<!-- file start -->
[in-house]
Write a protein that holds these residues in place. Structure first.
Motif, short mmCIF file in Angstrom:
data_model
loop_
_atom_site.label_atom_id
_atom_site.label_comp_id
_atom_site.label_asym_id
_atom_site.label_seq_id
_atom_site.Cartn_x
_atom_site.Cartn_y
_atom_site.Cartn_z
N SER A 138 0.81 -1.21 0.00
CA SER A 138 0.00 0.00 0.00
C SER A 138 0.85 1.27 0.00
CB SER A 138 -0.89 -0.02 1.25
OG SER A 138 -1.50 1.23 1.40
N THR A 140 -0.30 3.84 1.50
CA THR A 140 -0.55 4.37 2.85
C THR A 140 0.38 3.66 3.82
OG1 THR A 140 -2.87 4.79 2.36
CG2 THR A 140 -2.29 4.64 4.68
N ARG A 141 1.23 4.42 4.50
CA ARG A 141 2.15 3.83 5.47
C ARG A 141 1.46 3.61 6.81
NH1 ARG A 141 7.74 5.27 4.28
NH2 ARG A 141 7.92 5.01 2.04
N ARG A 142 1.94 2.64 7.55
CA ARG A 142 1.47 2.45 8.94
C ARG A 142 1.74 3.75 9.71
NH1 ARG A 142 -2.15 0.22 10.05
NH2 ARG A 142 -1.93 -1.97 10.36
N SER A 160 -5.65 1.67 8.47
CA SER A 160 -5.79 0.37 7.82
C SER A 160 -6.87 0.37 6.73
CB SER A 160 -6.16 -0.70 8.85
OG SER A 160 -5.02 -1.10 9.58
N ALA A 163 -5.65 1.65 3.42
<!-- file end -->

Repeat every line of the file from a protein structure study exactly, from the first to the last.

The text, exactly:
[in-house]
Write a protein that holds these residues in place. Structure first.
Motif, short mmCIF file in Angstrom:
data_model
loop_
_atom_site.label_atom_id
_atom_site.label_comp_id
_atom_site.label_asym_id
_atom_site.label_seq_id
_atom_site.Cartn_x
_atom_site.Cartn_y
_atom_site.Cartn_z
N SER A 138 0.81 -1.21 0.00
CA SER A 138 0.00 0.00 0.00
C SER A 138 0.85 1.27 0.00
CB SER A 138 -0.89 -0.02 1.25
OG SER A 138 -1.50 1.23 1.40
N THR A 140 -0.30 3.84 1.50
CA THR A 140 -0.55 4.37 2.85
C THR A 140 0.38 3.66 3.82
OG1 THR A 140 -2.87 4.79 2.36
CG2 THR A 140 -2.29 4.64 4.68
N ARG A 141 1.23 4.42 4.50
CA ARG A 141 2.15 3.83 5.47
C ARG A 141 1.46 3.61 6.81
NH1 ARG A 141 7.74 5.27 4.28
NH2 ARG A 141 7.92 5.01 2.04
N ARG A 142 1.94 2.64 7.55
CA ARG A 142 1.47 2.45 8.94
C ARG A 142 1.74 3.75 9.71
NH1 ARG A 142 -2.15 0.22 10.05
NH2 ARG A 142 -1.93 -1.97 10.36
N SER A 160 -5.65 1.67 8.47
CA SER A 160 -5.79 0.37 7.82
C SER A 160 -6.87 0.37 6.73
CB SER A 160 -6.16 -0.70 8.85
OG SER A 160 -5.02 -1.10 9.58
N ALA A 163 -5.65 1.65 3.42